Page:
This sudden turn of events, this immediate and severe shift from admiration and amazement to fury and homicide started with a simple question, “Isn’t this the son of Joseph?”
In their minds they knew who Jesus was. They knew his family. They knew his history, and to them that was all of who he was. (Please allow me a bit of license here.) They remembered that time when Mary was coming home with the groceries from the market and her donkey came up lame, and the neighbors had helped her get home. They remembered that time when Jesus, as a little boy, made clay birds and they mysteriously came alive and flew away, though everybody was impressed, it was still a bit weird. They remembered Jesus, the 12-year-old, who got lost in Jerusalem and his parents had to spend 3 days looking for him only find out that he was in the temple talking to the teachers… “as if he knew everything.”
The people who crowded into that synagogue that sabbath day, believed that they knew Jesus, and because they knew him, they knew what they could expect from him. Even more tragically, because they knew what they could expect from him, they felt they were entitled.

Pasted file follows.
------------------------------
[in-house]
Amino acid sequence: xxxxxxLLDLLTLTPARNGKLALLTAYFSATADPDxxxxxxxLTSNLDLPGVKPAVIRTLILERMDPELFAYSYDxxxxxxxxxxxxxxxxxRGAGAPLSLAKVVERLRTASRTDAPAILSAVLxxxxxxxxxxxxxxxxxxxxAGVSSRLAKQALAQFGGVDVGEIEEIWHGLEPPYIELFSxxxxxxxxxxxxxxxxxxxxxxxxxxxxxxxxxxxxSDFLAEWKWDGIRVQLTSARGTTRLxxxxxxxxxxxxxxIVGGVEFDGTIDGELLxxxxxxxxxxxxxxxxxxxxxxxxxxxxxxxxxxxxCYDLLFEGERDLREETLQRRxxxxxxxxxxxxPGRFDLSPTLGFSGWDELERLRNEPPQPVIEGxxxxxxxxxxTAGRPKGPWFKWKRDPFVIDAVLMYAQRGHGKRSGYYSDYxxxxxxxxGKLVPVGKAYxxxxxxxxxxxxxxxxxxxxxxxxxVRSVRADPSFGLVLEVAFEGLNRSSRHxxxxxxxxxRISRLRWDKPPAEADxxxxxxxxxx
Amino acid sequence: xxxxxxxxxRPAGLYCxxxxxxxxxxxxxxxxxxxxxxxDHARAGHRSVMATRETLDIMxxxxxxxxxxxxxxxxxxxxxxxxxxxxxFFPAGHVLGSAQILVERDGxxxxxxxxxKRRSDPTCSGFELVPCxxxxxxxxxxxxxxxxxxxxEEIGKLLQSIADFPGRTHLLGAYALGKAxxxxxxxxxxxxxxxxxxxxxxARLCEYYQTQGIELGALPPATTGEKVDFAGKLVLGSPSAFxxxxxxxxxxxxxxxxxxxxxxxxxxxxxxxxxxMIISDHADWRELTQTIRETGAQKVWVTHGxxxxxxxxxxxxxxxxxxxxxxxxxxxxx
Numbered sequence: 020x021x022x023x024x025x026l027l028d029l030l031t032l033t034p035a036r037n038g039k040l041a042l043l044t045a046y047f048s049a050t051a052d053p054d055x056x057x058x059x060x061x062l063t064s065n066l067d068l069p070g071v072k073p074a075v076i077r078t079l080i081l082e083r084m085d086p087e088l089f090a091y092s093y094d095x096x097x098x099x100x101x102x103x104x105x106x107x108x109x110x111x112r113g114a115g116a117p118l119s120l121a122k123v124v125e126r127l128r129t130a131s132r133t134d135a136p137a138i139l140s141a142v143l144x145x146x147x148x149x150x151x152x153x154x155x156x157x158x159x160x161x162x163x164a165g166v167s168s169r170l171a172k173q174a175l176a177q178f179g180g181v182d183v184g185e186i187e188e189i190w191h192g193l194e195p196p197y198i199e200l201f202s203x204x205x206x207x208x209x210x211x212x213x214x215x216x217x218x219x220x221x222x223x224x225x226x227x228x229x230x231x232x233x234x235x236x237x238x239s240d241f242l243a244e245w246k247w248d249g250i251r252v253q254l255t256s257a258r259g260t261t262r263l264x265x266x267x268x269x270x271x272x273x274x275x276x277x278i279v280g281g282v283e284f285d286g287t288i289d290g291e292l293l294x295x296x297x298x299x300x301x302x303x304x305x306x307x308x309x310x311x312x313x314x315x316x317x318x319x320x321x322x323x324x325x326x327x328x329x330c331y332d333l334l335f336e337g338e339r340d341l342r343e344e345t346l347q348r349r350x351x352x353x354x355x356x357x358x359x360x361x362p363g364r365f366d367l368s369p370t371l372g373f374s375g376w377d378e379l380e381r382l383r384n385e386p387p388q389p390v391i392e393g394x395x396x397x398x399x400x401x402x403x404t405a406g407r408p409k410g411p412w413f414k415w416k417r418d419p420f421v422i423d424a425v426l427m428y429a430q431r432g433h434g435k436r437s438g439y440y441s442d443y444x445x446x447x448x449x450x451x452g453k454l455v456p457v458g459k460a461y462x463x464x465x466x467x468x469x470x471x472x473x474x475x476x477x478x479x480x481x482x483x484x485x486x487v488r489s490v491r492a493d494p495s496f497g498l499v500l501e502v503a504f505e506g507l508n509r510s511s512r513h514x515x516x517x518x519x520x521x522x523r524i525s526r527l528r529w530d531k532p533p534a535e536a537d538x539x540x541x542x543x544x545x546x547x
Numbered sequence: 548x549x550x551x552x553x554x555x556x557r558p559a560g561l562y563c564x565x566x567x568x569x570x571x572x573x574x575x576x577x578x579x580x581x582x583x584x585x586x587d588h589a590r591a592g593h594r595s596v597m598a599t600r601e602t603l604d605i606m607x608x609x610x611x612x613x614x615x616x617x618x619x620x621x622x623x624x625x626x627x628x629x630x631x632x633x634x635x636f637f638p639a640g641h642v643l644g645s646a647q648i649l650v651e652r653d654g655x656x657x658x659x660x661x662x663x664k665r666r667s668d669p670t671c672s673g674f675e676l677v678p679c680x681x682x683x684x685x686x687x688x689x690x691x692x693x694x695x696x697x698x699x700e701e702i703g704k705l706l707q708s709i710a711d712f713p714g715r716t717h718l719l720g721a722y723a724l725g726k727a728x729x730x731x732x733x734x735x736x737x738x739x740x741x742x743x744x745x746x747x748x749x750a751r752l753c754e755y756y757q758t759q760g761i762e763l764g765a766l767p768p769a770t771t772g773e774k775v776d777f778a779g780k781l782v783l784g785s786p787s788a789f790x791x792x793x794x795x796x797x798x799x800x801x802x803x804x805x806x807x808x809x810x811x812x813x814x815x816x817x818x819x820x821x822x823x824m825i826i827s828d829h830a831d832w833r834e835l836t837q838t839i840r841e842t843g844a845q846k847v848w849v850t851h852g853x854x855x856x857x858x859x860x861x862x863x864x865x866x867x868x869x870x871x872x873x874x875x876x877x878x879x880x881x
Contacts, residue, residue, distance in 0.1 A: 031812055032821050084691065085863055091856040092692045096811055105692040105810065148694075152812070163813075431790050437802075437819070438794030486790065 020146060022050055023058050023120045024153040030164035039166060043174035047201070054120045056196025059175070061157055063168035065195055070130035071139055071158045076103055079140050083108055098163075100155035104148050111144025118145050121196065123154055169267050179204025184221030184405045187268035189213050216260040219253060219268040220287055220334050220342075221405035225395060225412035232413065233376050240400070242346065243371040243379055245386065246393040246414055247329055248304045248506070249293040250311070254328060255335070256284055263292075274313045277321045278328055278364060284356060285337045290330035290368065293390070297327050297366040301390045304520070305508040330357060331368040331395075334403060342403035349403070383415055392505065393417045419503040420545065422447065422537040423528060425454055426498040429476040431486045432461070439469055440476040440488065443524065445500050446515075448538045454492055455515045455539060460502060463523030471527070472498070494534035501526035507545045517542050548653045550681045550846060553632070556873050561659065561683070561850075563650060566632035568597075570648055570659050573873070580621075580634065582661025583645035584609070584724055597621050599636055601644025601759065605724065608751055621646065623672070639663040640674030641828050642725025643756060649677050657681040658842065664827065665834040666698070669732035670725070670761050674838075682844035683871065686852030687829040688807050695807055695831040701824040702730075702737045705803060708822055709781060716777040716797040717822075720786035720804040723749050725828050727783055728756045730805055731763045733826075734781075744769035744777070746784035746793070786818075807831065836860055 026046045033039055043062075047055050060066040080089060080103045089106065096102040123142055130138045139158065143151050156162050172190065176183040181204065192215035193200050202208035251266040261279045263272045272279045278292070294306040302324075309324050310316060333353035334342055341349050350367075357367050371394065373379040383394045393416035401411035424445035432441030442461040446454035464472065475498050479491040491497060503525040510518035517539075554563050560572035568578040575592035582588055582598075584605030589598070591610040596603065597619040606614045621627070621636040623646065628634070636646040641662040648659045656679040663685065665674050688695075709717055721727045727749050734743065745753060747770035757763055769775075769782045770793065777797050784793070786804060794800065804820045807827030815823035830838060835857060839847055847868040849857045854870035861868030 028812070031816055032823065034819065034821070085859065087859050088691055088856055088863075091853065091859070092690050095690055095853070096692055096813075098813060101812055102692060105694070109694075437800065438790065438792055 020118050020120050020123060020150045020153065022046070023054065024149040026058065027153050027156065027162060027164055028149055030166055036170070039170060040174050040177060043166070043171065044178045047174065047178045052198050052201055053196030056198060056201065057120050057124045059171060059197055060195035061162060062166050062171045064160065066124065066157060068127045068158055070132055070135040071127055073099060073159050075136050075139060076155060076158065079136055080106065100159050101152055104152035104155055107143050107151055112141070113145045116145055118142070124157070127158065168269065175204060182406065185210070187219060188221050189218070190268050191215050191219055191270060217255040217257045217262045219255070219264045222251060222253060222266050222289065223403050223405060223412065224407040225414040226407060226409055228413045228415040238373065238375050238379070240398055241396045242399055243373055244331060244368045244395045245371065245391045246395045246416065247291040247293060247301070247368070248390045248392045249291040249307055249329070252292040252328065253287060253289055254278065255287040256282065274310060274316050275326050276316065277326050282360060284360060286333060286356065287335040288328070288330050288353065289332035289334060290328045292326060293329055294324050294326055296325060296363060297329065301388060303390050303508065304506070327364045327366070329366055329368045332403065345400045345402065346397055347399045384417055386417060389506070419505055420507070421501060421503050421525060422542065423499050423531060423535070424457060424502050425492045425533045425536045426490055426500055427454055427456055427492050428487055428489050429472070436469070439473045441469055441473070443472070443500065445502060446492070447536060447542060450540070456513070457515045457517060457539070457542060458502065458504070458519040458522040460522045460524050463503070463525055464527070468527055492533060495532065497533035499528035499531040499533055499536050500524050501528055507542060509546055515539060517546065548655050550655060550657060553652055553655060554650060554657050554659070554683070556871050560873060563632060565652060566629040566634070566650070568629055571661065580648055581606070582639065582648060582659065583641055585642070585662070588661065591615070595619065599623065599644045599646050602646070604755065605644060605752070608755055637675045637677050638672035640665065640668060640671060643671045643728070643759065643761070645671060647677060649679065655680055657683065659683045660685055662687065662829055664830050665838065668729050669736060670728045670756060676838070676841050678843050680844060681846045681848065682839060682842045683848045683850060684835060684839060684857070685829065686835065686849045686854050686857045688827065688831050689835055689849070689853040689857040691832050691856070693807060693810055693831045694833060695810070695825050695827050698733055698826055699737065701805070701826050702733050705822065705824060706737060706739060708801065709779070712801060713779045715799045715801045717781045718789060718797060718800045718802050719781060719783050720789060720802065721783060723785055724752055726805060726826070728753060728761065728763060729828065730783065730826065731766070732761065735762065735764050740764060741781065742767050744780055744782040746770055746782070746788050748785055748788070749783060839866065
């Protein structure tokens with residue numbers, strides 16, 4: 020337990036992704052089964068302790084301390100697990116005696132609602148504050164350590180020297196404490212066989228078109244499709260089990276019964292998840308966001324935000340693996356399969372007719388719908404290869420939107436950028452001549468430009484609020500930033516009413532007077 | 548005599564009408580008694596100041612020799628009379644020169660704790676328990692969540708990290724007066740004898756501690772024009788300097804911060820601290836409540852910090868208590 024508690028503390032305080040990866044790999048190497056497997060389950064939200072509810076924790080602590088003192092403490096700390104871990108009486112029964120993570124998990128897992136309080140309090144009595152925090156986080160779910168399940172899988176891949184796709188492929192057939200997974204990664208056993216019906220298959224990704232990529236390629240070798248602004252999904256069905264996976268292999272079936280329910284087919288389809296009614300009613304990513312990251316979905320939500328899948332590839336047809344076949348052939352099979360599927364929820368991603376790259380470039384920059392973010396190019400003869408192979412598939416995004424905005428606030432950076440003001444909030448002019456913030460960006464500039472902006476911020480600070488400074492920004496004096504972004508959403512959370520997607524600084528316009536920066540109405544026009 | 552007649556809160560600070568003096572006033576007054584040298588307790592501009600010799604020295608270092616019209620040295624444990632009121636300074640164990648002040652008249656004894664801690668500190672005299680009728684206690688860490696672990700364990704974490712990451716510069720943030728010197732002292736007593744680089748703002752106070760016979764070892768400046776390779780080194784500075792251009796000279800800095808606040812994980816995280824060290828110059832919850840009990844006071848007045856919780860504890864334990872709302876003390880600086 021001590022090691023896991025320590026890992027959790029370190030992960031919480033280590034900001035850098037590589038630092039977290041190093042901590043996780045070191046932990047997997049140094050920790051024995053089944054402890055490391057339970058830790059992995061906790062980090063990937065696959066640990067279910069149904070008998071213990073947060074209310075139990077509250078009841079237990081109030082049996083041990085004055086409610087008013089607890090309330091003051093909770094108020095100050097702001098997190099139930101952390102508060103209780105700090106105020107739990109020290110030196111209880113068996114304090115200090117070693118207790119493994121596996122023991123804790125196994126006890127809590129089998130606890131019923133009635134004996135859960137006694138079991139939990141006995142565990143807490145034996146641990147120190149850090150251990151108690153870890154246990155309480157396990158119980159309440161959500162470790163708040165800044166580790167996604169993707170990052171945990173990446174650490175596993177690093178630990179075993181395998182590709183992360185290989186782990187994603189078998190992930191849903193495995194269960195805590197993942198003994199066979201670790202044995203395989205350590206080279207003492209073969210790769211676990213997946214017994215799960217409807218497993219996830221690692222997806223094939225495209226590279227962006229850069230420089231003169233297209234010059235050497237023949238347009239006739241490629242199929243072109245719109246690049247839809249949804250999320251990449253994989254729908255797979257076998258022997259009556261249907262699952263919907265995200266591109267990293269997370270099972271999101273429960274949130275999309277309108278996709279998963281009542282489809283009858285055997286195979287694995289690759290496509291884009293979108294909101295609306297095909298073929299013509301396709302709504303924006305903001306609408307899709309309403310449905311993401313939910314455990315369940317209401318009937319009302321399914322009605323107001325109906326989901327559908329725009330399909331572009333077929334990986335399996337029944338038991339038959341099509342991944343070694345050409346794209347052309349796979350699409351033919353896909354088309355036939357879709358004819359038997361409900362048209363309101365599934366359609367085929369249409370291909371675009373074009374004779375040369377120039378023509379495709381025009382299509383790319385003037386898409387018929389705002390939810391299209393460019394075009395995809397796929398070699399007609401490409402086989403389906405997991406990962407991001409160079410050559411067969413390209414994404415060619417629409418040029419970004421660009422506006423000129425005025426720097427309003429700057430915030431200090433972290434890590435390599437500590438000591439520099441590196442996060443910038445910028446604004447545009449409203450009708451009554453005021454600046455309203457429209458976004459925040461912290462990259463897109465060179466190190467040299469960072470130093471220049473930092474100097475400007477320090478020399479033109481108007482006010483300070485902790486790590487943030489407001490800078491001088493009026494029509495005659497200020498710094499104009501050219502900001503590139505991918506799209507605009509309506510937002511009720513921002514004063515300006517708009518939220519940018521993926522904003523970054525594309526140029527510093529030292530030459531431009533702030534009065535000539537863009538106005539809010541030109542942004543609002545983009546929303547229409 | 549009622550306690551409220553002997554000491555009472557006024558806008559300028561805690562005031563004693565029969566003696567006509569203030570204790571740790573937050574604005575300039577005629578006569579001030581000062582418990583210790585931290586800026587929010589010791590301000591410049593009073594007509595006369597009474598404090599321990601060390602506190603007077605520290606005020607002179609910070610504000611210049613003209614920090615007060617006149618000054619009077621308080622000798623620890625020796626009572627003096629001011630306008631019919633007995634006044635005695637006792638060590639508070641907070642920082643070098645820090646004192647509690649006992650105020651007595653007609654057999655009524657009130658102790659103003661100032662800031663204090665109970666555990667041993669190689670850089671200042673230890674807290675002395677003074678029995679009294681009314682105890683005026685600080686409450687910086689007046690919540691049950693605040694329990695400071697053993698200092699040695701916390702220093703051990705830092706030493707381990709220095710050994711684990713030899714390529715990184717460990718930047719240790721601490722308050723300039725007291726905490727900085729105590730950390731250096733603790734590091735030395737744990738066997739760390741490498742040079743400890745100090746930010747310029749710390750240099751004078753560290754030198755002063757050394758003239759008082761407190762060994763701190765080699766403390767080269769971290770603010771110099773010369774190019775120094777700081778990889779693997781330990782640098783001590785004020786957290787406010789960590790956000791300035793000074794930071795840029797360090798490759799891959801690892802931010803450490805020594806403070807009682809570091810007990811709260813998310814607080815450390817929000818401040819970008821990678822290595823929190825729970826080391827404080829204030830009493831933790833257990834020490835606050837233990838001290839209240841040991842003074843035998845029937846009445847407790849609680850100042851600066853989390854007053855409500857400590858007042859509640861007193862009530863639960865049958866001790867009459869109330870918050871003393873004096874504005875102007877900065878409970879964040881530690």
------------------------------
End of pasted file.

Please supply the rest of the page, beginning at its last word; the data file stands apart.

They were not seeking Jesus the Messiah; they were expecting Jesus to grant favors and pay off debts. They had created a distorted Jesus. A Jesus based on their limited experience and complete lack of understanding. A Jesus who would remember their kindness and neighborly acts and would respond in turn. To them Jesus was obliged to do them a service. He wasn’t there to save them; he was there to repay them.
His response to this sense of entitlement; He reminded them of the great prophets Elijah and Elisha and how in times of great trouble and distress they brought healing and salvation to Gentiles, and not those who considered themselves to be worthy and deserving. In essence, they were furious because they wanted a prophet they could control, and not the Jesus calling them to repentance.
So… with this perspective in mind… let’s ask ourselves a few questions.
Who here is angry? Who here immediately had a name, or a face, or an event come to mind when I asked who was angry? Who here is now in an argument with themselves trying to convince themselves that they are not angry… they just misunderstood the question?